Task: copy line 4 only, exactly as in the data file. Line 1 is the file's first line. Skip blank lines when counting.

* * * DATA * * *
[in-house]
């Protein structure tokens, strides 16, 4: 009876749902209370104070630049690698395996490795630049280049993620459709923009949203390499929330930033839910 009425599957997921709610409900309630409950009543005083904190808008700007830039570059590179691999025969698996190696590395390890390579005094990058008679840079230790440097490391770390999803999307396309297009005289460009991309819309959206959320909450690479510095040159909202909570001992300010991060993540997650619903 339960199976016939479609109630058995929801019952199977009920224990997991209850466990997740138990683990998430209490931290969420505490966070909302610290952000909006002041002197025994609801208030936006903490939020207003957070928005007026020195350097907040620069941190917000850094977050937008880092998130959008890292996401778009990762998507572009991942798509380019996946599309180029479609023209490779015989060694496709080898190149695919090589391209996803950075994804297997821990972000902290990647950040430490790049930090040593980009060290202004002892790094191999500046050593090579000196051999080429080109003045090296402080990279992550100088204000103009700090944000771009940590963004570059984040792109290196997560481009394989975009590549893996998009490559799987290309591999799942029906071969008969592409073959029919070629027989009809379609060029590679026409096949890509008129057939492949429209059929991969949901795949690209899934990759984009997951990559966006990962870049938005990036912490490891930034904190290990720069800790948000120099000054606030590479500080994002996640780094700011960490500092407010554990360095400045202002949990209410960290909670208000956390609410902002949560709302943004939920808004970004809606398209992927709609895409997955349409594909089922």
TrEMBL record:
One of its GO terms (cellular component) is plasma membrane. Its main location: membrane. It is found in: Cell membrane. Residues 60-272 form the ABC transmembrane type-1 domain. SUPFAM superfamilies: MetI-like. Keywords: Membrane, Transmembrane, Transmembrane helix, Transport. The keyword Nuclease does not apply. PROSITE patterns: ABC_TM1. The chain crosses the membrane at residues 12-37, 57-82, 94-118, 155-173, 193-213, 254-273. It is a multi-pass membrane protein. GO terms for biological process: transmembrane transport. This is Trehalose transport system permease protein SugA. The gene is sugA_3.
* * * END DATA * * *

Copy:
One of its GO terms (cellular component) is plasma membrane. Its main location: membrane. It is found in: Cell membrane. Residues 60-272 form the ABC transmembrane type-1 domain. SUPFAM superfamilies: MetI-like. Keywords: Membrane, Transmembrane, Transmembrane helix, Transport. The keyword Nuclease does not apply. PROSITE patterns: ABC_TM1. The chain crosses the membrane at residues 12-37, 57-82, 94-118, 155-173, 193-213, 254-273. It is a multi-pass membrane protein. GO terms for biological process: transmembrane transport. This is Trehalose transport system permease protein SugA. The gene is sugA_3.